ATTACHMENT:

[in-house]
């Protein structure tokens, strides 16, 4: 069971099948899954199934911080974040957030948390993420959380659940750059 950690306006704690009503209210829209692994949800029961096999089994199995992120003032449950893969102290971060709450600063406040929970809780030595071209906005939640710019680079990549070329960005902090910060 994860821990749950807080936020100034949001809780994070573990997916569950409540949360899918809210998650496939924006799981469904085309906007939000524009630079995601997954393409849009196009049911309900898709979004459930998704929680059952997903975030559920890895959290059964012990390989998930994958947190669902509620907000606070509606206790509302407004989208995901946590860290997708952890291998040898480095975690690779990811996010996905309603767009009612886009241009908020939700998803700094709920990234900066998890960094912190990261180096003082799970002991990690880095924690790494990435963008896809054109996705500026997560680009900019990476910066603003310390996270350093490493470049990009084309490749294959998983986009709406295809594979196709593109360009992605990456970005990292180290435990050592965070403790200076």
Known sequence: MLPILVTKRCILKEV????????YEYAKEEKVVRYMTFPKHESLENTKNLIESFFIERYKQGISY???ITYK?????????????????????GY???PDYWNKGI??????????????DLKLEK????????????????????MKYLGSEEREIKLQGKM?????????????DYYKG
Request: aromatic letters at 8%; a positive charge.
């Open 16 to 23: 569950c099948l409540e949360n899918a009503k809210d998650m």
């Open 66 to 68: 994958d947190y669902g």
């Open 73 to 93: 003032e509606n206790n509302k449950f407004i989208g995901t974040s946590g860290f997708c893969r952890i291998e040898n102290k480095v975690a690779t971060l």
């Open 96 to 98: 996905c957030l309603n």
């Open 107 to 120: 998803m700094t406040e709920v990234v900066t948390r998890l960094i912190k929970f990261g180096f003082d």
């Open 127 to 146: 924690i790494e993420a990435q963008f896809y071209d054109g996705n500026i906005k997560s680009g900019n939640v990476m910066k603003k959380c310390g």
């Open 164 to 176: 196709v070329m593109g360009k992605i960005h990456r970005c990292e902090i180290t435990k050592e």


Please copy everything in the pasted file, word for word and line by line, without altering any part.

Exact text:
[in-house]
């Protein structure tokens, strides 16, 4: 069971099948899954199934911080974040957030948390993420959380659940750059 950690306006704690009503209210829209692994949800029961096999089994199995992120003032449950893969102290971060709450600063406040929970809780030595071209906005939640710019680079990549070329960005902090910060 994860821990749950807080936020100034949001809780994070573990997916569950409540949360899918809210998650496939924006799981469904085309906007939000524009630079995601997954393409849009196009049911309900898709979004459930998704929680059952997903975030559920890895959290059964012990390989998930994958947190669902509620907000606070509606206790509302407004989208995901946590860290997708952890291998040898480095975690690779990811996010996905309603767009009612886009241009908020939700998803700094709920990234900066998890960094912190990261180096003082799970002991990690880095924690790494990435963008896809054109996705500026997560680009900019990476910066603003310390996270350093490493470049990009084309490749294959998983986009709406295809594979196709593109360009992605990456970005990292180290435990050592965070403790200076």
Known sequence: MLPILVTKRCILKEV????????YEYAKEEKVVRYMTFPKHESLENTKNLIESFFIERYKQGISY???ITYK?????????????????????GY???PDYWNKGI??????????????DLKLEK????????????????????MKYLGSEEREIKLQGKM?????????????DYYKG
Request: aromatic letters at 8%; a positive charge.
């Open 16 to 23: 569950c099948l409540e949360n899918a009503k809210d998650m």
């Open 66 to 68: 994958d947190y669902g």
């Open 73 to 93: 003032e509606n206790n509302k449950f407004i989208g995901t974040s946590g860290f997708c893969r952890i291998e040898n102290k480095v975690a690779t971060l």
């Open 96 to 98: 996905c957030l309603n």
């Open 107 to 120: 998803m700094t406040e709920v990234v900066t948390r998890l960094i912190k929970f990261g180096f003082d």
């Open 127 to 146: 924690i790494e993420a990435q963008f896809y071209d054109g996705n500026i906005k997560s680009g900019n939640v990476m910066k603003k959380c310390g």
């Open 164 to 176: 196709v070329m593109g360009k992605i960005h990456r970005c990292e902090i180290t435990k050592e």